January 11, 2022

Rep. Jeff Ellington files for re-election, will challenge incumbent Rep. Bruce Borders in HD 45

State Rep. Jeff Ellington (R-Bloomfield) files for re-election. - Courtesy Jeff Ellington

State Rep. Jeff Ellington (R-Bloomfield) files for re-election.

Courtesy Jeff Ellington

Indiana Rep. Jeff Ellington (R-Bloomfield) filed Tuesday for re-election to the Indiana House of Representatives.

He’ll run against Rep. Bruce Borders (R-Jasonville) in the Republican primary for House District 45. 

Ellington has represented House District 62 since 2015. After the state completed redistricting last year, he announced he would run for the District 45 seat. Greene County, which makes up a majority of Ellington’s District 62, will be incorporated into District 45 once the new district maps go into effect this November. 

READ MORE: ‘I was shocked’: Borders to defend House seat after Ellington move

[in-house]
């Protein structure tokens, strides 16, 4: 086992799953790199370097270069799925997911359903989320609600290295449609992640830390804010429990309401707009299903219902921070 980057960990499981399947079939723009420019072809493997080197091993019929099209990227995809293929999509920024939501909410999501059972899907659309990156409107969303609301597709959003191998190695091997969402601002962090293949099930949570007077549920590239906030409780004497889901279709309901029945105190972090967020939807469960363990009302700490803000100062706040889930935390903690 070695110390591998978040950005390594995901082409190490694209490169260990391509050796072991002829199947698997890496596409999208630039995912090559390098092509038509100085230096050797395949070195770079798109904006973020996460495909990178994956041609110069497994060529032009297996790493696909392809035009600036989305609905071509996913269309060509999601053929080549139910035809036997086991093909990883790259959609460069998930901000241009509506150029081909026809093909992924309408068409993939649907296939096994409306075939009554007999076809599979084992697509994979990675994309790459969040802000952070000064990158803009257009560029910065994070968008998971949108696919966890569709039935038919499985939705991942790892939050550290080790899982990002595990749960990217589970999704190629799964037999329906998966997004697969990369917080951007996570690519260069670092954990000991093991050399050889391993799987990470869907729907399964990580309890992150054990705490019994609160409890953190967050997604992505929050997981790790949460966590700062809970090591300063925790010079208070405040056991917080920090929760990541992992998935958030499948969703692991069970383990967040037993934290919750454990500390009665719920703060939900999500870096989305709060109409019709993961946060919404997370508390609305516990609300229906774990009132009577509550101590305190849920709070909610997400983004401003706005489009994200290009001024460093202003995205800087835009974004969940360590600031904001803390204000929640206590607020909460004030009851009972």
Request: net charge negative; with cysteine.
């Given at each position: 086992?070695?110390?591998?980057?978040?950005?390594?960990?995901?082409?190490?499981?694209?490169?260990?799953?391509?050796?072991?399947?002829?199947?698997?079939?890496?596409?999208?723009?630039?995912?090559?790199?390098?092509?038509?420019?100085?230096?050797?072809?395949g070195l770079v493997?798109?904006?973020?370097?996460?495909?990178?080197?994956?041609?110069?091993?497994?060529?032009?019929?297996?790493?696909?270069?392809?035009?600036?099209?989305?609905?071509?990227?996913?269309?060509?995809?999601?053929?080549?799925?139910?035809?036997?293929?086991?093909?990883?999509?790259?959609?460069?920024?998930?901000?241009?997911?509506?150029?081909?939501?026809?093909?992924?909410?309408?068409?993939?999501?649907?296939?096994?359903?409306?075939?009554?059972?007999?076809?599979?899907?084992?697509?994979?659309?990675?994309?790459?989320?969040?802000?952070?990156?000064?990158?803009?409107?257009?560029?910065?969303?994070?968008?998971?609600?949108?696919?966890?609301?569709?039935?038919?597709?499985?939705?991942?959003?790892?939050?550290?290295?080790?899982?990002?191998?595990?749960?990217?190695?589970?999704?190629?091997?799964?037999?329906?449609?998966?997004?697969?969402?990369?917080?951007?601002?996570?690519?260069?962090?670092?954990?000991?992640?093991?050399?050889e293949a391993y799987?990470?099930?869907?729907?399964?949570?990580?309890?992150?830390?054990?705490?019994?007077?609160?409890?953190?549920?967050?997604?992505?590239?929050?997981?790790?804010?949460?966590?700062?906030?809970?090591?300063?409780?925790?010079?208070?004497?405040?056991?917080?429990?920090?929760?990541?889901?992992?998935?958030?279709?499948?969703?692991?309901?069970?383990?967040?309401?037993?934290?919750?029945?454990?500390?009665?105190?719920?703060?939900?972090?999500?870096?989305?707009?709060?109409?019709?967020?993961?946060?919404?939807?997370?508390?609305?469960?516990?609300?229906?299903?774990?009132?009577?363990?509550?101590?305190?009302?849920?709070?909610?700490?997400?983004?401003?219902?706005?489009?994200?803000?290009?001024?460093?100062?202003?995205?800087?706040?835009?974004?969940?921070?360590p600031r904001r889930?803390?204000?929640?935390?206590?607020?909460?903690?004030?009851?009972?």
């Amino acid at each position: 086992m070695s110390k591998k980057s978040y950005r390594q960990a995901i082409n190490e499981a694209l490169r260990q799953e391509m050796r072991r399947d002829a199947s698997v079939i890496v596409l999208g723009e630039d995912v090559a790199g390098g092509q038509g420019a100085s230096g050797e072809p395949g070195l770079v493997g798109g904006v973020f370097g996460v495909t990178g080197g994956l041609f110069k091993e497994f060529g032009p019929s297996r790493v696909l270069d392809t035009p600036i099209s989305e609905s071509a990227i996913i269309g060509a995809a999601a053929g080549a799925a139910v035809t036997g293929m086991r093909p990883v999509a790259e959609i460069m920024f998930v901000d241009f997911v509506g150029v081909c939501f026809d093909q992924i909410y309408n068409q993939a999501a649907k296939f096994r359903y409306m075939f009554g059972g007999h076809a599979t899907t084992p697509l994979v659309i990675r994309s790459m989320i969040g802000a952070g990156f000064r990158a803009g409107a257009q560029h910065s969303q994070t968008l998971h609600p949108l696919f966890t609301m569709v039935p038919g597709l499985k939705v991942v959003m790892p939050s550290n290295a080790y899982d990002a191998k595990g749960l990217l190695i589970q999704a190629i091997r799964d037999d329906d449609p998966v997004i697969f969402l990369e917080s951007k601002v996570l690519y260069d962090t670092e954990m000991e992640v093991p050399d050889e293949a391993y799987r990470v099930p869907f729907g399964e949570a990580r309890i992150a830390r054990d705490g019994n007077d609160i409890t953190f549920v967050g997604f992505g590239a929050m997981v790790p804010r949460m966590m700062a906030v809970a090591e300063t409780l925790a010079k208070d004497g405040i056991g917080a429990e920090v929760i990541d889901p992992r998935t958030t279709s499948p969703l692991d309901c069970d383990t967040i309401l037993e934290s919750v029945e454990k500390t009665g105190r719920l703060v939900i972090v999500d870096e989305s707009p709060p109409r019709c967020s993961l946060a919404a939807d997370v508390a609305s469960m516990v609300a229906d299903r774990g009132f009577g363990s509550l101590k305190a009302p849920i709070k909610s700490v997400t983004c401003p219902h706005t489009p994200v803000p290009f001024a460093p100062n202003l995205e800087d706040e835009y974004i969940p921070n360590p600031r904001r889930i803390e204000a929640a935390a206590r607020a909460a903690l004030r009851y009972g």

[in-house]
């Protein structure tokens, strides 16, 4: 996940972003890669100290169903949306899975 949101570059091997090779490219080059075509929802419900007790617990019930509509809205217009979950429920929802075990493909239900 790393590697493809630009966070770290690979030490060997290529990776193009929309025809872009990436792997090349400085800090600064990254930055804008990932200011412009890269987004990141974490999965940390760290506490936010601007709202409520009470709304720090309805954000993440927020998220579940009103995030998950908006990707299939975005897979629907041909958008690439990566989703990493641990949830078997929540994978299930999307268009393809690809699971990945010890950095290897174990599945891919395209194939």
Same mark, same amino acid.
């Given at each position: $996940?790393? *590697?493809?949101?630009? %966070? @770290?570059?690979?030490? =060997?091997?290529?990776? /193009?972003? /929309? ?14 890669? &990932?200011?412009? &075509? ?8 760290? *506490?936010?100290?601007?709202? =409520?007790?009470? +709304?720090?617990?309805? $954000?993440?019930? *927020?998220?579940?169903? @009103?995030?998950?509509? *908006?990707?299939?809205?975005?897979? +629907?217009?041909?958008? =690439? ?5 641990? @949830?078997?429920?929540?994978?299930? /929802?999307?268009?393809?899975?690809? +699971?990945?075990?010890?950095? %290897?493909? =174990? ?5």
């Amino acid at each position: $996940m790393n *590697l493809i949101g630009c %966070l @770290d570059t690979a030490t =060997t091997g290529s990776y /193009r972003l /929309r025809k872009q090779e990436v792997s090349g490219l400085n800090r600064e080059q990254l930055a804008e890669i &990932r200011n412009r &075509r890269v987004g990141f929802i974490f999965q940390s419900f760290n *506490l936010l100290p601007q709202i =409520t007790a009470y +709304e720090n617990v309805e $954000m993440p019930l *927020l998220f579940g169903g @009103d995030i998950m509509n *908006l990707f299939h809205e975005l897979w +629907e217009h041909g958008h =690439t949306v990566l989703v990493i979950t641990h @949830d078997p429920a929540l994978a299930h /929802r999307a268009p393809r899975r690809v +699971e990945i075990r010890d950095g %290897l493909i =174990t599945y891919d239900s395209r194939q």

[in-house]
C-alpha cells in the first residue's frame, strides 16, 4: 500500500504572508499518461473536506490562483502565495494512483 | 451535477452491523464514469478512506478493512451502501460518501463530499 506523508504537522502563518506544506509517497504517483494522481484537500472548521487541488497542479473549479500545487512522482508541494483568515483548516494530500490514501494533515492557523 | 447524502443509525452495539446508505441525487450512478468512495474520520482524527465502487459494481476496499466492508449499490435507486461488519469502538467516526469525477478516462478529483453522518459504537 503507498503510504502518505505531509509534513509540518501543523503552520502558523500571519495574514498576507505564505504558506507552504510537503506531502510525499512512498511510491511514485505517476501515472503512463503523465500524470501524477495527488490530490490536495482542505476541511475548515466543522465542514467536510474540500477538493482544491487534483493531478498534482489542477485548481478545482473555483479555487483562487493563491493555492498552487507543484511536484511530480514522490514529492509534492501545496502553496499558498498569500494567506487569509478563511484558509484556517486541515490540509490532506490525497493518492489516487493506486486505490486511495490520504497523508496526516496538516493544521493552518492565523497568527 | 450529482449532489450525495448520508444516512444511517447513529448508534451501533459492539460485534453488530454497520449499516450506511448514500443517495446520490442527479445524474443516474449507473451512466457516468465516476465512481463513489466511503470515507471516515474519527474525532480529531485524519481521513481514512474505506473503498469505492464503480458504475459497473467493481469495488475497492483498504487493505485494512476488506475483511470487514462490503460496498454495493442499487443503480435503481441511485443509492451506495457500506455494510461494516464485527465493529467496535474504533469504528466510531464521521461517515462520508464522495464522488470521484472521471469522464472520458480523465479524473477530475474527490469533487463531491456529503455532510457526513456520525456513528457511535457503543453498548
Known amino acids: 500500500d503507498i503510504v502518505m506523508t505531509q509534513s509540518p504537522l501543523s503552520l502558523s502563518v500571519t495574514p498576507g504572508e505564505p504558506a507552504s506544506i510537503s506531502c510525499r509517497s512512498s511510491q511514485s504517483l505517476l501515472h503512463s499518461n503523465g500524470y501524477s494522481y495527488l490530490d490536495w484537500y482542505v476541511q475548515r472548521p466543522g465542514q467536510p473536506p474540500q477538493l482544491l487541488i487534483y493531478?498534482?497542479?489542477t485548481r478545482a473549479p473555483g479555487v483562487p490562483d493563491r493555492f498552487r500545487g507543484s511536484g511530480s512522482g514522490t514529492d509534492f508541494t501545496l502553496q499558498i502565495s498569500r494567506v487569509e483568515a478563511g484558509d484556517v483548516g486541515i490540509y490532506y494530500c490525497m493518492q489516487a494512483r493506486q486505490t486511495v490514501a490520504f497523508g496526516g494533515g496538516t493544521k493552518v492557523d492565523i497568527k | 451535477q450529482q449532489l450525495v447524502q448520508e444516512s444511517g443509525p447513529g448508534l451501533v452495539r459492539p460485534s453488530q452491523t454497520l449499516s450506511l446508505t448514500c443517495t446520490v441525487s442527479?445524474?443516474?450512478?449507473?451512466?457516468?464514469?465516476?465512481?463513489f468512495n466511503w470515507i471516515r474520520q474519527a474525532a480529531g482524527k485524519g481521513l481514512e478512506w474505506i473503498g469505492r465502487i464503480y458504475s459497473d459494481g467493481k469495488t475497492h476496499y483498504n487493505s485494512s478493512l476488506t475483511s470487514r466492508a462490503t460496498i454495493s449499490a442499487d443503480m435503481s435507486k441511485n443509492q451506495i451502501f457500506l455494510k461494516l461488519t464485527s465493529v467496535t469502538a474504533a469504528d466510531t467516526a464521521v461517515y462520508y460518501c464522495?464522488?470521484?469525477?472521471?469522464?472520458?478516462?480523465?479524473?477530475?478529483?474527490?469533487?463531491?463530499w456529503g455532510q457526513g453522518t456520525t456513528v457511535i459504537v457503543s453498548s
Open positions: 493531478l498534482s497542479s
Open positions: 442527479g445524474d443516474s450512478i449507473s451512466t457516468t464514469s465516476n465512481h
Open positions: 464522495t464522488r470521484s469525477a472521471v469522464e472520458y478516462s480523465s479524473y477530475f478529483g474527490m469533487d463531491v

Ellington wrote in a statement that his campaign would focus on defending the Second Amendment, expanding property rights, increasing economic development in southwest Indiana, improving roads and bridges, supporting pro-life legislation, and protecting Indiana coal from “the Indianapolis-Bloomington Democrats, the Biden-Harris administration and other regulators.”

“I also vow to go to Indianapolis again to protect Greene, Sullivan, Daviess, Knox and Vigo counties from the Indianapolis-Carmel elites, the establishment types in both parties,” Ellington said.

Indiana’s primary elections will be held May 3.

Correction: An earlier vesrion of this post stated that Rep. Jeff Ellington (R-Bloomfield) has represented House District 62 since 2016. That was incorrect. He was appointed to his seat in December 2015.

Support independent journalism today. You rely on WFYI to stay informed, and we depend on you to make our work possible. Donate to power our nonprofit reporting today. Give now.


Related News

GM temporarily lays off over 30 Marion plant workers due to UAW strikes' 'negative ripple effects'
Spartz threatens to resign if Congress doesn't study ways to reduce national debt
Managed care transition set to go live July 2024